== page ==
Wednesday, May 29, 2019

Four Weeks Ago

“There are six things the Lord hates, seven that are detestable to him: haughty eyes, a lying tongue, hands that shed innocent blood, a heart that devises wicked schemes, feet that are quick to rush into evil, a false witness who pours out lies and a person who stirs up conflict in the community.” (Proverbs 6:16-19)

I read through the list. The question in the Bible study I was doing asked “Are you guilty of any of these things in your life?” My blithe reply was a confident “No.”

The “Hmmm,” from God came swiftly. “You have a lying tongue.”

Once upon a time, perhaps, I stretched the truth. I felt the need to jazz up the boring life that I lived. I got caught out, as liars often do. I shipwrecked my integrity and decided not to do it again. Truth, and the telling of it, is stamped through me like the word “Blackpool” in a stick of rock.

I knew what God was talking about though. Its that question that people ask, “How are you doing?” and that answer that trips off the tongue so easily, “I’m fine.” Truth to tell – I’m not fine. Life is a challenge.

Four weeks ago my driving licence was confiscated. There were police cars in a layby. Random drivers were pulled over. There was a test. Could I read a car number plate at twenty metres? The sad, sad truth was revealed. No, I couldn’t. The way the trolls on the Facebook page had it, I was death on the road.

A next-day sight test revealed cataracts and I have since joined a waiting list for an appointment to speak to someone at the hospital. My own optician offered to do the job for a cool £9,000 – no, that is not an extra zero accidentally creeping in at the end. So I wait.

There are no guarantees that once the cataracts are gone my eyesight will be up to the twenty-metre-number-plate-reading-challenge. I know I should be talking confidence and speaking victory – it’s just I’ve taken a knock sideways. There’s no reason why things shouldn’t be sorted. The optician mentioned that for one in a thousand the operation doesn’t go well. My mother, in the early days of laser-eye surgery, was one of those one in a thousand. She lost the sight in one eye and refused to allow them to remove the cataract from the other.  Are odds of one in a thousand hereditary?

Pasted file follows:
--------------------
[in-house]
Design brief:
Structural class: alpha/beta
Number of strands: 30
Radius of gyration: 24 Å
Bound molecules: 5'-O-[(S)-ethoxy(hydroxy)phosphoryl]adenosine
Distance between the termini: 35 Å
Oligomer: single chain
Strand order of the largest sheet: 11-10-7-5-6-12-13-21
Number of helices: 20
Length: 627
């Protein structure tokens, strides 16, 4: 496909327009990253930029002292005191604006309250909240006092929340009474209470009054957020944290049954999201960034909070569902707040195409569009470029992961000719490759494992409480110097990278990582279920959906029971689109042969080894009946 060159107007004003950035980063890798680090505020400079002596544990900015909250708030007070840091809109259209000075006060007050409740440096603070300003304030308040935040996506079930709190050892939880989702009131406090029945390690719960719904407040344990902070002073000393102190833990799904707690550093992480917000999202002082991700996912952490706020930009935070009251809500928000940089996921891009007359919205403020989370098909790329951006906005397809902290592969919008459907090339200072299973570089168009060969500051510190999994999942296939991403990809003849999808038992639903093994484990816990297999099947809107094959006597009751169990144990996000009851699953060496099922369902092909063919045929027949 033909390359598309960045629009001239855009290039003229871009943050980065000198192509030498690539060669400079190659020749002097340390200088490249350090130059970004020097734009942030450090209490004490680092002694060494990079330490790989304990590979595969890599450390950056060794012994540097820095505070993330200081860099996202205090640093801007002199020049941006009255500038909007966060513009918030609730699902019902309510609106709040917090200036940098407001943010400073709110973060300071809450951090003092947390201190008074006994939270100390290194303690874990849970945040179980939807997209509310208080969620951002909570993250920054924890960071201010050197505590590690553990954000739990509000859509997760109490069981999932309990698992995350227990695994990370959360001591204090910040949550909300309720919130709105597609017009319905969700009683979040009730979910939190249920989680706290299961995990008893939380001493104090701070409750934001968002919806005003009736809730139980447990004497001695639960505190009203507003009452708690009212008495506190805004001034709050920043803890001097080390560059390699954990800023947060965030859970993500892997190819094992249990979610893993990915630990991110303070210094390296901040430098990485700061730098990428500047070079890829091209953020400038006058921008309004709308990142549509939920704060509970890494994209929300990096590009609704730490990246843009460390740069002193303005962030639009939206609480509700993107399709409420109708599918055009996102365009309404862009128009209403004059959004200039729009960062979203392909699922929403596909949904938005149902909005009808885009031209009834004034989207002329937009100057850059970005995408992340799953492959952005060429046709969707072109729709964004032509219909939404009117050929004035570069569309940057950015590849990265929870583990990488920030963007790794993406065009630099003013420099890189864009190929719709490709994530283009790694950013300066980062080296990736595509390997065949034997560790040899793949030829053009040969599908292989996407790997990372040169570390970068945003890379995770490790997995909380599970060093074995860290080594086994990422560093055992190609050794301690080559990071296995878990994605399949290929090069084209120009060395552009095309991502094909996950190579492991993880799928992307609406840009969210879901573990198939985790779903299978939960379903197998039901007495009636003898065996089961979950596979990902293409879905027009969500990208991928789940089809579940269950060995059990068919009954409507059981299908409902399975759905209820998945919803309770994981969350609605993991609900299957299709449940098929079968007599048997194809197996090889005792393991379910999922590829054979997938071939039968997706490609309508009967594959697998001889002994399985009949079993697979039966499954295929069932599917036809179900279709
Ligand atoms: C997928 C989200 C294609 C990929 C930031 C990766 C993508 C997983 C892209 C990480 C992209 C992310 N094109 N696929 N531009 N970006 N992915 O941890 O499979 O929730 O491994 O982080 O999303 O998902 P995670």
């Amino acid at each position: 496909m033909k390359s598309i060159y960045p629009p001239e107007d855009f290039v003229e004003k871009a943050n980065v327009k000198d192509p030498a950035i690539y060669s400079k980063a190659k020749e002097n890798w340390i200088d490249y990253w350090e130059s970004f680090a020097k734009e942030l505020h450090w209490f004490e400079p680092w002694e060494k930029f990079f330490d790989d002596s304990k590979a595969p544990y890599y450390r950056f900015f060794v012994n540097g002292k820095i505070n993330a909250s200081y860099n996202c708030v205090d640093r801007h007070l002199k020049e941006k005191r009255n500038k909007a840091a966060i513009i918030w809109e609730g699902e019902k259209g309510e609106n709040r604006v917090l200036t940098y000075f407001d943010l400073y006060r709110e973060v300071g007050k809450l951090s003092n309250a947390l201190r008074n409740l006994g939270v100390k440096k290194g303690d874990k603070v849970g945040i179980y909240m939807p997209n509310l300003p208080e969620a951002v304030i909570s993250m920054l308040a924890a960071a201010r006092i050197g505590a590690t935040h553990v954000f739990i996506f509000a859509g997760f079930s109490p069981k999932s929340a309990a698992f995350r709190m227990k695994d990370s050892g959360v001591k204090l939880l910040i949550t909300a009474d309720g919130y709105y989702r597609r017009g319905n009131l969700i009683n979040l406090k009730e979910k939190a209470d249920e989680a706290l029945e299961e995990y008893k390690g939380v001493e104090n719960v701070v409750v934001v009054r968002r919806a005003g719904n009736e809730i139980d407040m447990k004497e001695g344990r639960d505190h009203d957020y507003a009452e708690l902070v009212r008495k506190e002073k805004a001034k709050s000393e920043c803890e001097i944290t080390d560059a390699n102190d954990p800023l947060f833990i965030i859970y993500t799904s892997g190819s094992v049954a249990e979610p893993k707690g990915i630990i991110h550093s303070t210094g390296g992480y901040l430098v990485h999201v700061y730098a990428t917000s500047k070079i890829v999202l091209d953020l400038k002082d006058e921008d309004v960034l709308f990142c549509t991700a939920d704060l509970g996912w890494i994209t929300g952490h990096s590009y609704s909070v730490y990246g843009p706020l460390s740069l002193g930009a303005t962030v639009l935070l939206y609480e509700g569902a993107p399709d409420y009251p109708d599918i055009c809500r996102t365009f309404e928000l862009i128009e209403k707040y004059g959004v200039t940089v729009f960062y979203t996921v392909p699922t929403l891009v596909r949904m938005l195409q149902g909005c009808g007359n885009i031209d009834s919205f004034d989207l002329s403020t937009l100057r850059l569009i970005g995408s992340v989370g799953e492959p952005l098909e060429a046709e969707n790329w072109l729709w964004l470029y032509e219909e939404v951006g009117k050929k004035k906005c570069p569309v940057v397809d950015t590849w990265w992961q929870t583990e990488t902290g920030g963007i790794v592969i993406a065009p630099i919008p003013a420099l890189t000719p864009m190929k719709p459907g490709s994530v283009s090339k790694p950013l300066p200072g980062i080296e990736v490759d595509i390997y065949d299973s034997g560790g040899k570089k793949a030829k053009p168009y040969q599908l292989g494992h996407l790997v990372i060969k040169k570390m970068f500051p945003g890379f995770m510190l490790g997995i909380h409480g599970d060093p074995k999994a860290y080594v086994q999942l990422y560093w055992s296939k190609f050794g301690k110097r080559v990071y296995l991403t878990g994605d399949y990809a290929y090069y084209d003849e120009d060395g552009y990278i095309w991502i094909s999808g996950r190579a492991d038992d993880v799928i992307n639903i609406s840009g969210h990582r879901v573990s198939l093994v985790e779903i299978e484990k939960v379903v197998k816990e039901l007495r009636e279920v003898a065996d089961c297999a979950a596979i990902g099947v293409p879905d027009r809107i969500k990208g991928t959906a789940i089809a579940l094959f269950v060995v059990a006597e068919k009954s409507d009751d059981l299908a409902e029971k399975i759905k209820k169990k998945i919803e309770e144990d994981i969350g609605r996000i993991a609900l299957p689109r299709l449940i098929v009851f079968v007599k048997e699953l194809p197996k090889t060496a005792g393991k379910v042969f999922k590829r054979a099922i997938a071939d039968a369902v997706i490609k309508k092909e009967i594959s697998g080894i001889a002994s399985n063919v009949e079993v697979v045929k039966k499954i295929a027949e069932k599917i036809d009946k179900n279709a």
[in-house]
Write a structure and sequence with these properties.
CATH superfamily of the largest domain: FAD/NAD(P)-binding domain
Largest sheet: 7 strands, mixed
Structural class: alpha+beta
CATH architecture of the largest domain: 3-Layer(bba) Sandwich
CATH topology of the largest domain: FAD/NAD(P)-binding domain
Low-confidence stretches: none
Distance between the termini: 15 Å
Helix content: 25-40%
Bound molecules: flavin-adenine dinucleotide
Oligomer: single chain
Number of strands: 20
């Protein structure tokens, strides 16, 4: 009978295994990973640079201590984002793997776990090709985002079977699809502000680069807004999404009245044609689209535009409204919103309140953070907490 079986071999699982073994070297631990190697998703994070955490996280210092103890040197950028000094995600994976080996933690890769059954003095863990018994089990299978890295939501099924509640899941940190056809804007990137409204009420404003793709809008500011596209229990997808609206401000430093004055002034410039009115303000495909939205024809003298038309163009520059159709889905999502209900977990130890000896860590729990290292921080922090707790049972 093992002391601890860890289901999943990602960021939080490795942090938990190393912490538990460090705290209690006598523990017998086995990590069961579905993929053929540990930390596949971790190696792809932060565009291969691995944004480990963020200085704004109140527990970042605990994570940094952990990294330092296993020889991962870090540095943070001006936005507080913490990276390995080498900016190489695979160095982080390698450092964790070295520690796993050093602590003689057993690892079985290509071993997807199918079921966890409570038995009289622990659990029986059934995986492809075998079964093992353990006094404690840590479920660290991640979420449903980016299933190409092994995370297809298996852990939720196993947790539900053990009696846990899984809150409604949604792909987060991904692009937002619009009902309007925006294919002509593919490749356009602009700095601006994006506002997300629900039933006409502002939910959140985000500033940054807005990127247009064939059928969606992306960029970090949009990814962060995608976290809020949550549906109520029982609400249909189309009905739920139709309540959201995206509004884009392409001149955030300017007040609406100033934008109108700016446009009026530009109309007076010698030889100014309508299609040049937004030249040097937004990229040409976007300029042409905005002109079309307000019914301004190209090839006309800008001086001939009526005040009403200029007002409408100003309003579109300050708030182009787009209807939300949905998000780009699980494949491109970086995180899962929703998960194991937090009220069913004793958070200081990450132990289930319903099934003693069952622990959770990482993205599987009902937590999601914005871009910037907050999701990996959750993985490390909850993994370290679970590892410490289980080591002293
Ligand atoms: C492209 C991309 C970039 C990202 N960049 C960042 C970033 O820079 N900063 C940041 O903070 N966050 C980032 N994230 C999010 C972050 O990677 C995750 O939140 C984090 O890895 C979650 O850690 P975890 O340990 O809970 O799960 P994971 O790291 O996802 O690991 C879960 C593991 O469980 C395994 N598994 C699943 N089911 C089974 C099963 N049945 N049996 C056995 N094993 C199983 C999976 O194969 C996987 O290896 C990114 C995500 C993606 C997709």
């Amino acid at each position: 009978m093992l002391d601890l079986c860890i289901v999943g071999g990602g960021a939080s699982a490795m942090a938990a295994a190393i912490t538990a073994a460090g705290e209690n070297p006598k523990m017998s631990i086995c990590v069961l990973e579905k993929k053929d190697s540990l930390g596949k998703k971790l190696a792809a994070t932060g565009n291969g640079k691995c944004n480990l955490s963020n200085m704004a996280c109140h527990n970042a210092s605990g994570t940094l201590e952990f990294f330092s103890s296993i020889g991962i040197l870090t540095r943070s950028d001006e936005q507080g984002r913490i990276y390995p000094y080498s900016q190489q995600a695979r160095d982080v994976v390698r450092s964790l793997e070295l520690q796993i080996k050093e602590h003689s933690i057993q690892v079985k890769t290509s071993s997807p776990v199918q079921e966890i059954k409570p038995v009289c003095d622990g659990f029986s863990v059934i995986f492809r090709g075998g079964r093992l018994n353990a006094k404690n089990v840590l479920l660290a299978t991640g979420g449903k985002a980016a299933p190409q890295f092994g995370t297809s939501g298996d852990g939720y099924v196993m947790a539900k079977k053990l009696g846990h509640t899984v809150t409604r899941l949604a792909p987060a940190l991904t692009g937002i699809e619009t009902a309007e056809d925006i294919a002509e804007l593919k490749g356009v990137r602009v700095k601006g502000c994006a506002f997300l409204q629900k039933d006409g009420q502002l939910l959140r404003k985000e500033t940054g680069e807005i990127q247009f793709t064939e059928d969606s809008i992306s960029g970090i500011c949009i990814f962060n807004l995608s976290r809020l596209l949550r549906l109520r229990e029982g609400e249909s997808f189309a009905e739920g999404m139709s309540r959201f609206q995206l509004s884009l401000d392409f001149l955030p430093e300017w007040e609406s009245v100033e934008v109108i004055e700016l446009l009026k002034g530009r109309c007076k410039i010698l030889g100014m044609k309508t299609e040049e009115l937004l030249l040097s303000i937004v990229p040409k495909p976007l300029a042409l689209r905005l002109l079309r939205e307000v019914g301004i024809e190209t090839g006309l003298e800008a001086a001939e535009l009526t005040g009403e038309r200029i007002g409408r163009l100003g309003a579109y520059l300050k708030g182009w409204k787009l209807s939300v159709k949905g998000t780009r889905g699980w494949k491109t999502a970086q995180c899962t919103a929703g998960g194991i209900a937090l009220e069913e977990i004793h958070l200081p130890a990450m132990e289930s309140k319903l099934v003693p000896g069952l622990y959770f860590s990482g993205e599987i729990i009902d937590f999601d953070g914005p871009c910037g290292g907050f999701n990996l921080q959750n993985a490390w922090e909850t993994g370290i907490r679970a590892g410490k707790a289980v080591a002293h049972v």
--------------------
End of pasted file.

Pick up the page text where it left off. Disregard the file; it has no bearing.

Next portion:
God’s take on that day four weeks ago, and on the ripples that I’m dealing with, is as follows-

·         It happened. There’s no point wishing it was just a bad dream.

·         I have done all that I was asked to do. I’ve surrendered the licence – even the paper bit, I’ve had an eye test, I’ve paid the fine. I need to stop picking at scabs and leave it alone.

·         It may, or may not, be temporary. It is what it is.

·         Ask for help! Allow other people the blessing of serving! Funny how we are eager to help, but less eager to ask for help! I preached a sermon on that a long time ago – I should listen to what I preach and put it into practice.

·         Don’t put into people’s mouths words they haven’t said. There have been many people who haven’t expressed an opinion about what happened. The little voice in my head insists that they agree that I was death on the roads.

·         Don’t dismiss the possibility of miracles. That says much about how cynical I can be. I’ve spent too much time in the company of the young poo-pooers who scorn the supernatural.

·         Life doesn’t come to an end just because I can’t drive anywhere now. I just need to find other ways to do things. God makes available everything I need for life and godliness.

·         Find joy in walking and riding the bus. Enjoy this part of the journey of life.

·         I am still loved by God. There is no twenty-metre-number-plate-reading-challenge to pass to get into the throne room and share heart with Him.

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